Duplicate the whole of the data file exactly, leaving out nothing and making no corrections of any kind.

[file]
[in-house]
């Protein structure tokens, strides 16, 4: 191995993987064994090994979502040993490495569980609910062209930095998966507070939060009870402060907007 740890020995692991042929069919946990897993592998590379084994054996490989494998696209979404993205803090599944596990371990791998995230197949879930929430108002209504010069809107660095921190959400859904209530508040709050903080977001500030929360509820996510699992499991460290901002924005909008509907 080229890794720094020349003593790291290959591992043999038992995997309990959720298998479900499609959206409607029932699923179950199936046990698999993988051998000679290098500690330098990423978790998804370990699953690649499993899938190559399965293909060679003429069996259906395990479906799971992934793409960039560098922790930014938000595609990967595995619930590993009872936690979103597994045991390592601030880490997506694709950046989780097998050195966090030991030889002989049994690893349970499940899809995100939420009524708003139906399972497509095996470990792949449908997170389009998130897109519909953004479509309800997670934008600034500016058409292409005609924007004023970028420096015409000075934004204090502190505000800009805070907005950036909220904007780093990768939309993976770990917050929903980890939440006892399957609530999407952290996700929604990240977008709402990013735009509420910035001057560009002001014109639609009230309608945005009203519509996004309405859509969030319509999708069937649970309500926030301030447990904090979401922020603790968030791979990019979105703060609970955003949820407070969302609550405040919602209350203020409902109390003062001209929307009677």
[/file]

[in-house]
């Protein structure tokens, strides 16, 4: 191995993987064994090994979502040993490495569980609910062209930095998966507070939060009870402060907007 740890020995692991042929069919946990897993592998590379084994054996490989494998696209979404993205803090599944596990371990791998995230197949879930929430108002209504010069809107660095921190959400859904209530508040709050903080977001500030929360509820996510699992499991460290901002924005909008509907 080229890794720094020349003593790291290959591992043999038992995997309990959720298998479900499609959206409607029932699923179950199936046990698999993988051998000679290098500690330098990423978790998804370990699953690649499993899938190559399965293909060679003429069996259906395990479906799971992934793409960039560098922790930014938000595609990967595995619930590993009872936690979103597994045991390592601030880490997506694709950046989780097998050195966090030991030889002989049994690893349970499940899809995100939420009524708003139906399972497509095996470990792949449908997170389009998130897109519909953004479509309800997670934008600034500016058409292409005609924007004023970028420096015409000075934004204090502190505000800009805070907005950036909220904007780093990768939309993976770990917050929903980890939440006892399957609530999407952290996700929604990240977008709402990013735009509420910035001057560009002001014109639609009230309608945005009203519509996004309405859509969030319509999708069937649970309500926030301030447990904090979401922020603790968030791979990019979105703060609970955003949820407070969302609550405040919602209350203020409902109390003062001209929307009677």